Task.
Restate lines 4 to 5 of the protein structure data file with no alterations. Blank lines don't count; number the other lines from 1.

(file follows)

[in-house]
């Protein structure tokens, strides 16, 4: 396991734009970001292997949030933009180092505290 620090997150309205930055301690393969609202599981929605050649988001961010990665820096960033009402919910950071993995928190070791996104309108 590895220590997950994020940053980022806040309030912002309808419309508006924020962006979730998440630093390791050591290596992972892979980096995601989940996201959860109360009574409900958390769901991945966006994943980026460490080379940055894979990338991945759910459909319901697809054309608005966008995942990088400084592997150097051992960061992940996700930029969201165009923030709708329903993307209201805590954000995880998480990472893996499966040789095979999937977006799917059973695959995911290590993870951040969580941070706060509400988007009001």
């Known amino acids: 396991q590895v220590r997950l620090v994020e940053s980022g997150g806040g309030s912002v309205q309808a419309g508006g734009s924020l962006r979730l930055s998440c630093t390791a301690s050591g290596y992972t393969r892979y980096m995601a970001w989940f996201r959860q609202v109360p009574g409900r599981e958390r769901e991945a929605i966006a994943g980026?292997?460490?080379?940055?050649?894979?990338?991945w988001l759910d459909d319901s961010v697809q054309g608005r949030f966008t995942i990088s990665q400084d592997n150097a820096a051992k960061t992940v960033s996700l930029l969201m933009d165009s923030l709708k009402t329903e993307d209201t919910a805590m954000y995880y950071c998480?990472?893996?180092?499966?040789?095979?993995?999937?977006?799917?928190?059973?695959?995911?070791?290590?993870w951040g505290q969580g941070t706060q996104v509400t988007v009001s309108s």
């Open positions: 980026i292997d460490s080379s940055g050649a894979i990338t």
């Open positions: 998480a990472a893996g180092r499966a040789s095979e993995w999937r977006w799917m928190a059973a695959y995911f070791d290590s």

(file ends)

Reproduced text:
């Open positions: 980026i292997d460490s080379s940055g050649a894979i990338t």
């Open positions: 998480a990472a893996g180092r499966a040789s095979e993995w999937r977006w799917m928190a059973a695959y995911f070791d290590s």